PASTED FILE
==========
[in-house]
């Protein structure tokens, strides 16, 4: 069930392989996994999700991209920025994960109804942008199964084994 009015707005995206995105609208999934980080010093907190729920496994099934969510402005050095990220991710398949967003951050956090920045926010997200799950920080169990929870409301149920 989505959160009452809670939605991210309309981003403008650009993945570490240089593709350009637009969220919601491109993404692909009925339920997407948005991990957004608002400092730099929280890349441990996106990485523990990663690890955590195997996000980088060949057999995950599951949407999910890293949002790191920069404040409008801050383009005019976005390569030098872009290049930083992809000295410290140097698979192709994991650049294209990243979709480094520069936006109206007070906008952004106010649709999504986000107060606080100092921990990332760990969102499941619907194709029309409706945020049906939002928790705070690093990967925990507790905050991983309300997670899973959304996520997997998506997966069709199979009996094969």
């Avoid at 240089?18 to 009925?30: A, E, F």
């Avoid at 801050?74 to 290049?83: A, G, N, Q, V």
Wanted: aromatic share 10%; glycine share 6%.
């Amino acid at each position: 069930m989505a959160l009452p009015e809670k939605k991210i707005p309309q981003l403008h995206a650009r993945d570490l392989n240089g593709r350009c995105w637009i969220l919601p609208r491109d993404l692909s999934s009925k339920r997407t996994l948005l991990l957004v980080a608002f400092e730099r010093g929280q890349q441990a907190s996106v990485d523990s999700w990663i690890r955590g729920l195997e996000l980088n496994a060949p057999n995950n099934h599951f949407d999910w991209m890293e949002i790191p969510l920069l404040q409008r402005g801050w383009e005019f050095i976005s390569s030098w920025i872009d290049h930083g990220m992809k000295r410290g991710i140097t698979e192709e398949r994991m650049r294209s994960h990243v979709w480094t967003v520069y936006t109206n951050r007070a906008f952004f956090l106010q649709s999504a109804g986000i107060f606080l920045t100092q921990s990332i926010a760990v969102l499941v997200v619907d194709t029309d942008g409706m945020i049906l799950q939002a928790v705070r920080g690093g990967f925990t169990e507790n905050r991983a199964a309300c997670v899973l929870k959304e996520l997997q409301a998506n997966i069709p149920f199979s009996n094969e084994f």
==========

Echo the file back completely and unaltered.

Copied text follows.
[in-house]
């Protein structure tokens, strides 16, 4: 069930392989996994999700991209920025994960109804942008199964084994 009015707005995206995105609208999934980080010093907190729920496994099934969510402005050095990220991710398949967003951050956090920045926010997200799950920080169990929870409301149920 989505959160009452809670939605991210309309981003403008650009993945570490240089593709350009637009969220919601491109993404692909009925339920997407948005991990957004608002400092730099929280890349441990996106990485523990990663690890955590195997996000980088060949057999995950599951949407999910890293949002790191920069404040409008801050383009005019976005390569030098872009290049930083992809000295410290140097698979192709994991650049294209990243979709480094520069936006109206007070906008952004106010649709999504986000107060606080100092921990990332760990969102499941619907194709029309409706945020049906939002928790705070690093990967925990507790905050991983309300997670899973959304996520997997998506997966069709199979009996094969």
């Avoid at 240089?18 to 009925?30: A, E, F």
């Avoid at 801050?74 to 290049?83: A, G, N, Q, V």
Wanted: aromatic share 10%; glycine share 6%.
């Amino acid at each position: 069930m989505a959160l009452p009015e809670k939605k991210i707005p309309q981003l403008h995206a650009r993945d570490l392989n240089g593709r350009c995105w637009i969220l919601p609208r491109d993404l692909s999934s009925k339920r997407t996994l948005l991990l957004v980080a608002f400092e730099r010093g929280q890349q441990a907190s996106v990485d523990s999700w990663i690890r955590g729920l195997e996000l980088n496994a060949p057999n995950n099934h599951f949407d999910w991209m890293e949002i790191p969510l920069l404040q409008r402005g801050w383009e005019f050095i976005s390569s030098w920025i872009d290049h930083g990220m992809k000295r410290g991710i140097t698979e192709e398949r994991m650049r294209s994960h990243v979709w480094t967003v520069y936006t109206n951050r007070a906008f952004f956090l106010q649709s999504a109804g986000i107060f606080l920045t100092q921990s990332i926010a760990v969102l499941v997200v619907d194709t029309d942008g409706m945020i049906l799950q939002a928790v705070r920080g690093g990967f925990t169990e507790n905050r991983a199964a309300c997670v899973l929870k959304e996520l997997q409301a998506n997966i069709p149920f199979s009996n094969e084994f």